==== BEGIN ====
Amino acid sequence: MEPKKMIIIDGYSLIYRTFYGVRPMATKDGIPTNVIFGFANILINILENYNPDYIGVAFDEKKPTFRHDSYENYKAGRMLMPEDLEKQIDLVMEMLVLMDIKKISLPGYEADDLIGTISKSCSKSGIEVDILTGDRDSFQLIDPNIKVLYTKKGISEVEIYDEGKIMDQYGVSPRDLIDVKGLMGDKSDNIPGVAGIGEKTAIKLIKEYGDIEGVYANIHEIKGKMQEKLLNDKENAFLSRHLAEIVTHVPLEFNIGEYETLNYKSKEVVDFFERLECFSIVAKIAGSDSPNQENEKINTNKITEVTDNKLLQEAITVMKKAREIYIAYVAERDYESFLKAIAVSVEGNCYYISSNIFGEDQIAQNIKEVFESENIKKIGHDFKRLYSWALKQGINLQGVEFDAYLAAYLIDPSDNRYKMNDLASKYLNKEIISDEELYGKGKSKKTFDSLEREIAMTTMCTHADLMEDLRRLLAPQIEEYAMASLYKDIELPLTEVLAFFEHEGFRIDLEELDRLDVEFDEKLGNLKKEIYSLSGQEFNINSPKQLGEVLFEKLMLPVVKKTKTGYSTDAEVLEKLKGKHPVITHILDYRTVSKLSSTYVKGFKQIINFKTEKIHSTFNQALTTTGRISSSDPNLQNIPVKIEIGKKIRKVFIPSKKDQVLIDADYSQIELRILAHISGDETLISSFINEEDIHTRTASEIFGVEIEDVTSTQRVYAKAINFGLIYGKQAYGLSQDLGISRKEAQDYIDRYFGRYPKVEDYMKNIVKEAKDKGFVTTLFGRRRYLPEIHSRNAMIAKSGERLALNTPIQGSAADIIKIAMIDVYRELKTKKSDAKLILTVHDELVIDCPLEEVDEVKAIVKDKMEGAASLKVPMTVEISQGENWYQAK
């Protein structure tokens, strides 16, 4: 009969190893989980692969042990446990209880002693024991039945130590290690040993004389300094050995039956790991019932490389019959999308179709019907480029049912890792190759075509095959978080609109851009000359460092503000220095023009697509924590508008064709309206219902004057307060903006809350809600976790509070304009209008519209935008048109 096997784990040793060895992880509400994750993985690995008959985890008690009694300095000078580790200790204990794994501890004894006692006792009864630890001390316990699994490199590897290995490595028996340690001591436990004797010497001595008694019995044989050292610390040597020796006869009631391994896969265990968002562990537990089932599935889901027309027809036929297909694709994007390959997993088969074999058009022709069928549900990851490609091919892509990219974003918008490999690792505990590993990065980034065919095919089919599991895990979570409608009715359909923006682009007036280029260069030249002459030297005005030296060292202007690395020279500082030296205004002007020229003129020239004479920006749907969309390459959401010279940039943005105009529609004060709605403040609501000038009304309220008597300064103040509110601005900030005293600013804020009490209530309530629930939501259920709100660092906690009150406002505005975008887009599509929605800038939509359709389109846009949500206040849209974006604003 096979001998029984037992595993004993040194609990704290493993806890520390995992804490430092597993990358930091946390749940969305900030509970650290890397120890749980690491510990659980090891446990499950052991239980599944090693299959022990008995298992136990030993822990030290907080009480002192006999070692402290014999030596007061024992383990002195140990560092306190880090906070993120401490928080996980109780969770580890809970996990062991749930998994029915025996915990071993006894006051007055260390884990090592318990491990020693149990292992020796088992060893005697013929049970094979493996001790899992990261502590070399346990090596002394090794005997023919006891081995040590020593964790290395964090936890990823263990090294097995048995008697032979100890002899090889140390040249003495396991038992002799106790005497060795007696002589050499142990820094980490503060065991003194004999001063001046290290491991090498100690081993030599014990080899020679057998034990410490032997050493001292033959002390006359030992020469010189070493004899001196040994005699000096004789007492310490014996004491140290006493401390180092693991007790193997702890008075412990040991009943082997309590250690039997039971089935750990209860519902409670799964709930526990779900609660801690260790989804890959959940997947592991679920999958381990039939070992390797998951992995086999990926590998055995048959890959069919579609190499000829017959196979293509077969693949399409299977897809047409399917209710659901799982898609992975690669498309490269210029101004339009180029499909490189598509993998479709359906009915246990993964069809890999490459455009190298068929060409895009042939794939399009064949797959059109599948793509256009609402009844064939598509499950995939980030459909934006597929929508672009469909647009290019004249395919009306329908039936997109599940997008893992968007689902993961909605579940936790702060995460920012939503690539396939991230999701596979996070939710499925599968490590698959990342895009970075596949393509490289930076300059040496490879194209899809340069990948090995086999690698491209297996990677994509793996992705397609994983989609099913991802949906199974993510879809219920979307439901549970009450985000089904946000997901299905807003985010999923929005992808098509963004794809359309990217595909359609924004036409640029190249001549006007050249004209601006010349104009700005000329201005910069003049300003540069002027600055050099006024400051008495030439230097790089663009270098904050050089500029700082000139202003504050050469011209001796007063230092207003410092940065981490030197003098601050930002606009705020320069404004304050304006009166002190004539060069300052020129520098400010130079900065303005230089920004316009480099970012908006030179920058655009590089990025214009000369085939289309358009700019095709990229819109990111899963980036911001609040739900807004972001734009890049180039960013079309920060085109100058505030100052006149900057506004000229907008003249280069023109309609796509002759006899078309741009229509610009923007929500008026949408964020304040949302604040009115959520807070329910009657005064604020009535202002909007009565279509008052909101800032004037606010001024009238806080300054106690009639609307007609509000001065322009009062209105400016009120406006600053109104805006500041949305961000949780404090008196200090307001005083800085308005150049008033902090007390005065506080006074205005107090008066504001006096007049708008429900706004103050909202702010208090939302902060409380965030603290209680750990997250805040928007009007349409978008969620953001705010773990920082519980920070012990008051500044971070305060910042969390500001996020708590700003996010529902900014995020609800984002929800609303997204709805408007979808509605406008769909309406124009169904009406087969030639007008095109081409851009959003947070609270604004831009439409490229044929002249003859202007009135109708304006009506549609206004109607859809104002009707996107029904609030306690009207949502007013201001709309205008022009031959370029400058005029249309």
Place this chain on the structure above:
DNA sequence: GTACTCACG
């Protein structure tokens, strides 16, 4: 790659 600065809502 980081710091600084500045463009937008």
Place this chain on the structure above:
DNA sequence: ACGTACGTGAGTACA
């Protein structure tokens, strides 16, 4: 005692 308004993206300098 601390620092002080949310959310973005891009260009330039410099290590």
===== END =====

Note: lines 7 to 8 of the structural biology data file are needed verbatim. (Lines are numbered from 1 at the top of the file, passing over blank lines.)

DNA sequence: ACGTACGTGAGTACA
């Protein structure tokens, strides 16, 4: 005692 308004993206300098 601390620092002080949310959310973005891009260009330039410099290590």